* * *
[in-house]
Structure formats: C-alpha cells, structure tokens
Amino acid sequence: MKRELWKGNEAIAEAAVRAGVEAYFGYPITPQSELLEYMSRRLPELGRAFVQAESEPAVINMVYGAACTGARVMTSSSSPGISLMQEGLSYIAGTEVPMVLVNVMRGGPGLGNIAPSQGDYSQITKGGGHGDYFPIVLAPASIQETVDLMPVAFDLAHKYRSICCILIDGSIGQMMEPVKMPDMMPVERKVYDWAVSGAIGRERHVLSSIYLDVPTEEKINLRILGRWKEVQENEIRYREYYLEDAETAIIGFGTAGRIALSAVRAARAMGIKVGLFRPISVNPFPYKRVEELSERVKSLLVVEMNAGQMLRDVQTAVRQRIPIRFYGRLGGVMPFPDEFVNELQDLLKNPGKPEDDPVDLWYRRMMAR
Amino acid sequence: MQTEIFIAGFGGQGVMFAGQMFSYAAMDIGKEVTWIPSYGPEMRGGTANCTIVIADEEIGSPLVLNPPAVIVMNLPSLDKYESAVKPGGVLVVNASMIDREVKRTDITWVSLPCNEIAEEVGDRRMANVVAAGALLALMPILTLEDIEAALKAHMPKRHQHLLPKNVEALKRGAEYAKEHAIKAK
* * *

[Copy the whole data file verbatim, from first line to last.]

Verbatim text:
[in-house]
Structure formats: C-alpha cells, structure tokens
Amino acid sequence: MKRELWKGNEAIAEAAVRAGVEAYFGYPITPQSELLEYMSRRLPELGRAFVQAESEPAVINMVYGAACTGARVMTSSSSPGISLMQEGLSYIAGTEVPMVLVNVMRGGPGLGNIAPSQGDYSQITKGGGHGDYFPIVLAPASIQETVDLMPVAFDLAHKYRSICCILIDGSIGQMMEPVKMPDMMPVERKVYDWAVSGAIGRERHVLSSIYLDVPTEEKINLRILGRWKEVQENEIRYREYYLEDAETAIIGFGTAGRIALSAVRAARAMGIKVGLFRPISVNPFPYKRVEELSERVKSLLVVEMNAGQMLRDVQTAVRQRIPIRFYGRLGGVMPFPDEFVNELQDLLKNPGKPEDDPVDLWYRRMMAR
Amino acid sequence: MQTEIFIAGFGGQGVMFAGQMFSYAAMDIGKEVTWIPSYGPEMRGGTANCTIVIADEEIGSPLVLNPPAVIVMNLPSLDKYESAVKPGGVLVVNASMIDREVKRTDITWVSLPCNEIAEEVGDRRMANVVAAGALLALMPILTLEDIEAALKAHMPKRHQHLLPKNVEALKRGAEYAKEHAIKAK